Between 8am – 9am we head downstairs and, in-between pulling shots of espresso and toasting bagels, we take turns dancing around the kitchen with Cam. Then it’s time for his morning nap, which is usually downstairs in his vibrating seat. (Although I am reading Healthy Sleep Habits, Happy Child and it says for meaningful sleep babies should be in their crib and not be moving. Ek! We’ll work on that eventually…)
The next 7 – 9 hours are spent changing diapers (usually Mike), breastfeeding and pumping (obviously me), going on walks (sometimes 2-3 a day), managing to feed ourselves lunch / clean up (so many dishes), and soothing Cam (which means STANDING with him – why do babies prefer to be held standing vs. sitting and how do they know the second you sit down? HOW?!).
All of the sudden it is dinner time and it’s a shot in the dark on who will be cooking it, if Cam will be awake, or if we will be eating in shifts. We’ve had all sorts of evenings. I’ve managed eating a burger one-handed while feeding him but we’ve also had nights where we’ve cooked, ate without a babe hanging on either of us, and even tag-teamed the kitchen after. Once timing even worked out where I fed him and pumped right before our pizza was ready… meaning I was able to have a beer with dinner.
Every other night we give Cam a bath, which he seems to really like. And then it’s time for bed – something we haven’t figured out the exact science to yet. Typically though, I feed him and then shower while Mike burps him and tries to get him down in the cradle. Sometimes he’s successful and it’s early enough for us to watch a show together before going to sleep ourselves but other times Cam is wide awake when I out and needs some extra calories before snoozing.
I’d say 60% of the time we get a decent night sleep. Cam’s longest stretch so far has been 7 hours (!) but it is typically around 5 hours from the initial time we put him down to the first time he wakes up, and then about 3 hours, and then down to ~2 hours (this is our morning cuddle stretch). We have certainly had our hard nights, but thankfully these are more of a rarity than a regular practice.
Just this week Cam started giving us small social smiles and OMGTHEYARETHEBEST. He has a good appetite and is able to take a bottle now with pumped milk. Initially he loved his pacifier but now he makes a face like we are trying to poison him when we put it in his mouth. He LOVES being on his side. Tummy time is usually spent on one of our chests and he can hold his head up for a decent amount of time. He also strains his head up from our shoulder when he is hungry or tired and then inevitably slams it back down when he his neck muscles give way. For some reason Mike and I both find this slightly amusing.
When he wakes up, he does the cutest “baby stretches,” as we call them. Like he’s had the longest day at work and just needs to stretch it out. When we take him out of his cradle and unzip his swaddle (more on that in another post), we like to say “FREEDOOOMMM!!” because he instantly pops his arms out to the sides. Cam has the uncanny ability to be crashed out on a walk but wake up right when we hit our driveway, basically every.single.time. He has a hungry cry and an I’m-bored-cry. His hungry cry is as ferocious as you’d expect it to be. His favorite sleep spot is dad’s chest, where he sprawls out like a starfish. Socks are hard to put on but once secured in place, he doesn’t seem to mind them. Diaper changes aren’t a big thing to him, like he knows “yeah yeah this is just apart of the deal, isn’t it?”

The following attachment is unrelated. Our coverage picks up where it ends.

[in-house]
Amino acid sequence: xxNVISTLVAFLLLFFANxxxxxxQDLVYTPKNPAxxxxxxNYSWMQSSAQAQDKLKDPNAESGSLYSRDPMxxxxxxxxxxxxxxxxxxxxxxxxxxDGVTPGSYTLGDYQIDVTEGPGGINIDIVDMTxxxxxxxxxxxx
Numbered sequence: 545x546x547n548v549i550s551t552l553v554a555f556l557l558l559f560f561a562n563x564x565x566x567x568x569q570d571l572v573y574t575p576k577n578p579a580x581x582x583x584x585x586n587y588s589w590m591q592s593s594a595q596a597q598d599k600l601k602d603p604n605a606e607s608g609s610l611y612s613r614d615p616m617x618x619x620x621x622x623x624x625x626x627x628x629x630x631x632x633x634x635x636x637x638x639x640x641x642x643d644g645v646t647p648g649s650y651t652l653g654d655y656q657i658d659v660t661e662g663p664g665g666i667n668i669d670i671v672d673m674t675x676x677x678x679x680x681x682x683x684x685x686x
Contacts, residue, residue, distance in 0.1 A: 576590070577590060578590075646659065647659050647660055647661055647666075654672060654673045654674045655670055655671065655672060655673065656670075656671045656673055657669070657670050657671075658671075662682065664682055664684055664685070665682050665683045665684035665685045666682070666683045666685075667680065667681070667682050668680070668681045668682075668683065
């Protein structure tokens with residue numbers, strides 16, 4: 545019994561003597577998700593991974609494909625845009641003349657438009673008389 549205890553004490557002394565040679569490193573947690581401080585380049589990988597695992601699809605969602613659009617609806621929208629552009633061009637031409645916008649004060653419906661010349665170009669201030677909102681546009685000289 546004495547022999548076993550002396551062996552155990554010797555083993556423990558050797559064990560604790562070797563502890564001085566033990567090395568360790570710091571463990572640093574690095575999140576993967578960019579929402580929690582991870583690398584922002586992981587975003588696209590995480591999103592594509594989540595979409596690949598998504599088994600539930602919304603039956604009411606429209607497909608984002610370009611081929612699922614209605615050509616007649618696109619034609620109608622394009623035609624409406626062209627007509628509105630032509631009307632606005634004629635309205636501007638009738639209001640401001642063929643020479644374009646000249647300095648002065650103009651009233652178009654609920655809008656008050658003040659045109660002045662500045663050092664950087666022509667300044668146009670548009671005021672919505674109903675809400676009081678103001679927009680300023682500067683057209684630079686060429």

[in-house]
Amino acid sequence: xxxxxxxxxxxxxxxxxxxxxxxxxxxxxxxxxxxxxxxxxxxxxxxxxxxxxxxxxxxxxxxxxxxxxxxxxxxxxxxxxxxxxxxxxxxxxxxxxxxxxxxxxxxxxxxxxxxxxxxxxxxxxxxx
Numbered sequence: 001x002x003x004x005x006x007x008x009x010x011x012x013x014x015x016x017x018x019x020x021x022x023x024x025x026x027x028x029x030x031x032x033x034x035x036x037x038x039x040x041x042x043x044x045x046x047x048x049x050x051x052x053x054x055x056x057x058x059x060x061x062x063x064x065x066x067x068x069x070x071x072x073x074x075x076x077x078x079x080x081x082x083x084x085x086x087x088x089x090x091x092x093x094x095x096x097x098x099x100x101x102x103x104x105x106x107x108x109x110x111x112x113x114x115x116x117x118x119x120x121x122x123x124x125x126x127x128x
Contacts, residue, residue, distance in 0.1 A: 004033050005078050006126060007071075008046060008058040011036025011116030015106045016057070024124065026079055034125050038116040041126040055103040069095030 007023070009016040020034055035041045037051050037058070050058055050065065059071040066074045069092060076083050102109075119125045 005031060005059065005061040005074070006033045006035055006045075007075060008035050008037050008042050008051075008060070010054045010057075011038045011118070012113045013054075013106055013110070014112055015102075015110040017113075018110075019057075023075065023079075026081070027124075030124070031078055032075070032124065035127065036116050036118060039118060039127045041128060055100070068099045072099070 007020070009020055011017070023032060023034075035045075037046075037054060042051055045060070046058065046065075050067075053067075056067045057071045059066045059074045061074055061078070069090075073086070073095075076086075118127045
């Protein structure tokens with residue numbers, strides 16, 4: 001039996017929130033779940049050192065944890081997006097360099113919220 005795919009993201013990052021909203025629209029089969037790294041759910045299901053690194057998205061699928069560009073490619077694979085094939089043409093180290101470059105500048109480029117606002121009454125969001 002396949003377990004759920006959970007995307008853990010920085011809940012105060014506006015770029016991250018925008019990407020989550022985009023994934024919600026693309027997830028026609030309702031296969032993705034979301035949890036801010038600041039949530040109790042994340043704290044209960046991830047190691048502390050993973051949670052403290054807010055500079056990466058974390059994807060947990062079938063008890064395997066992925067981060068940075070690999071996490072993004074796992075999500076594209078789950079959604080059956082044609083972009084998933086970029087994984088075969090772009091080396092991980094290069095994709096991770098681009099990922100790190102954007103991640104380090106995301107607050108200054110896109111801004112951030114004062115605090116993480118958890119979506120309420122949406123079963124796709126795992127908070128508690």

He’s our little light and the best thing about our days.
Earlier in my pregnancy, I imagined this post to be about laboring at home with our doula before going to the hospital for a natural childbirth. Our reality of brining our baby into the world was very different. Instead of a natural childbirth, I was scheduled for a c-section because our baby was breech. This meant our doula wouldn’t be able to be there for my delivery, as only one person is allowed in the OR.
We were still planning on having her come to the hospital for support before and after, until, of course, the Bay Area went on a mandatory shelter in place because of COVID-19. On top of this, hospitals put restrictions on the number of visitors that could come to the hospital. One support person (obviously Mike) was allowed to be there with me. No one else; doula, family, or friends!
Like I said… a completely different birth experience than I imagined BUT I am happy to report, an overall positive one nonetheless.
The morning of my c-section, Mike and I woke up early so I could capitalize on my last hour of being able to drink something before the 2 hour NO FLUIDS rule before surgery. I got a decent amount of sleep the night before, all things considered, but still had a big cup of black coffee in bed while finishing season 2 of The Crown. We were scheduled for a 1pm surgery with an arrival time of 11am, which meant time for one last short walk before going to the hospital. I didn’t know how my recovery would go, and when I would be able to get out and walk again, so taking a stroll was definitely something I wanted to do. I got a little emotional on our walk because – as corny as it may sound – I started thinking about all of the strong women and mamas that I know. I actually began listing their names, one by one in my head, and just knowing that their thoughts, love, and strength was with me that day brought tears to my eyes.